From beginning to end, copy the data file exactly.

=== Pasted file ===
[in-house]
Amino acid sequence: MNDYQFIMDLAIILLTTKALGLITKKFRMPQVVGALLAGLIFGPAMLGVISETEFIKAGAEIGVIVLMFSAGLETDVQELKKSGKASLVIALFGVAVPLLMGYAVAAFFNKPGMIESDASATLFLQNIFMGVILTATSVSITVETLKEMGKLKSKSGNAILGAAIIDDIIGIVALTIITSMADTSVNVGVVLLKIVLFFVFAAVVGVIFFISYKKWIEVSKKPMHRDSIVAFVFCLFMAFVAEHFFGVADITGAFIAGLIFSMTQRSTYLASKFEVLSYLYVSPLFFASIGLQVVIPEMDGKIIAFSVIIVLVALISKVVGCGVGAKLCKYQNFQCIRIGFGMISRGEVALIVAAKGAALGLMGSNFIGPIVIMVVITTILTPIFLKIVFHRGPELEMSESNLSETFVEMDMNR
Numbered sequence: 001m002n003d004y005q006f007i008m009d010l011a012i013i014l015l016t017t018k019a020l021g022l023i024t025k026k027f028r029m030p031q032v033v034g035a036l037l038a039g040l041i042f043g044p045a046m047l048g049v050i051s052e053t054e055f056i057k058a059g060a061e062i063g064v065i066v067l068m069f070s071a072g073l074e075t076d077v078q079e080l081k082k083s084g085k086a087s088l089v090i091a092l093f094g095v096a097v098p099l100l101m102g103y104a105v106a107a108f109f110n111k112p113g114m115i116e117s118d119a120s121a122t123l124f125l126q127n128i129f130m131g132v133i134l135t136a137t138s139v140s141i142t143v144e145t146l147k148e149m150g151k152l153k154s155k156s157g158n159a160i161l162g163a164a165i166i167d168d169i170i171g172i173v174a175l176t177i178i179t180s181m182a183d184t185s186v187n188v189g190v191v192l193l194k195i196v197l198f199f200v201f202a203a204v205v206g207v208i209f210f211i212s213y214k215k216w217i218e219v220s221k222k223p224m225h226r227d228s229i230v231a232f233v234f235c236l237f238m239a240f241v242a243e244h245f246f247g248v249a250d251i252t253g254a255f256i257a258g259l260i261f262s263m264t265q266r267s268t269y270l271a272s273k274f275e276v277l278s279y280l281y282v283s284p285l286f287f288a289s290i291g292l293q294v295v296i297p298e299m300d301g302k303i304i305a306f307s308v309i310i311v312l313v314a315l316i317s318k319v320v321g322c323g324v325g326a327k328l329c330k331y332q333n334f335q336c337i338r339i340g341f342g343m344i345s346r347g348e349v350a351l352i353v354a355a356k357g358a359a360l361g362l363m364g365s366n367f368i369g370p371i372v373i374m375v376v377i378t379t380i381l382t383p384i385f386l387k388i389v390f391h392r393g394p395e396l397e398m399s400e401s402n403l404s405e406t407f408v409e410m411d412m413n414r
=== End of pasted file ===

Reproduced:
[in-house]
Amino acid sequence: MNDYQFIMDLAIILLTTKALGLITKKFRMPQVVGALLAGLIFGPAMLGVISETEFIKAGAEIGVIVLMFSAGLETDVQELKKSGKASLVIALFGVAVPLLMGYAVAAFFNKPGMIESDASATLFLQNIFMGVILTATSVSITVETLKEMGKLKSKSGNAILGAAIIDDIIGIVALTIITSMADTSVNVGVVLLKIVLFFVFAAVVGVIFFISYKKWIEVSKKPMHRDSIVAFVFCLFMAFVAEHFFGVADITGAFIAGLIFSMTQRSTYLASKFEVLSYLYVSPLFFASIGLQVVIPEMDGKIIAFSVIIVLVALISKVVGCGVGAKLCKYQNFQCIRIGFGMISRGEVALIVAAKGAALGLMGSNFIGPIVIMVVITTILTPIFLKIVFHRGPELEMSESNLSETFVEMDMNR
Numbered sequence: 001m002n003d004y005q006f007i008m009d010l011a012i013i014l015l016t017t018k019a020l021g022l023i024t025k026k027f028r029m030p031q032v033v034g035a036l037l038a039g040l041i042f043g044p045a046m047l048g049v050i051s052e053t054e055f056i057k058a059g060a061e062i063g064v065i066v067l068m069f070s071a072g073l074e075t076d077v078q079e080l081k082k083s084g085k086a087s088l089v090i091a092l093f094g095v096a097v098p099l100l101m102g103y104a105v106a107a108f109f110n111k112p113g114m115i116e117s118d119a120s121a122t123l124f125l126q127n128i129f130m131g132v133i134l135t136a137t138s139v140s141i142t143v144e145t146l147k148e149m150g151k152l153k154s155k156s157g158n159a160i161l162g163a164a165i166i167d168d169i170i171g172i173v174a175l176t177i178i179t180s181m182a183d184t185s186v187n188v189g190v191v192l193l194k195i196v197l198f199f200v201f202a203a204v205v206g207v208i209f210f211i212s213y214k215k216w217i218e219v220s221k222k223p224m225h226r227d228s229i230v231a232f233v234f235c236l237f238m239a240f241v242a243e244h245f246f247g248v249a250d251i252t253g254a255f256i257a258g259l260i261f262s263m264t265q266r267s268t269y270l271a272s273k274f275e276v277l278s279y280l281y282v283s284p285l286f287f288a289s290i291g292l293q294v295v296i297p298e299m300d301g302k303i304i305a306f307s308v309i310i311v312l313v314a315l316i317s318k319v320v321g322c323g324v325g326a327k328l329c330k331y332q333n334f335q336c337i338r339i340g341f342g343m344i345s346r347g348e349v350a351l352i353v354a355a356k357g358a359a360l361g362l363m364g365s366n367f368i369g370p371i372v373i374m375v376v377i378t379t380i381l382t383p384i385f386l387k388i389v390f391h392r393g394p395e396l397e398m399s400e401s402n403l404s405e406t407f408v409e410m411d412m413n414r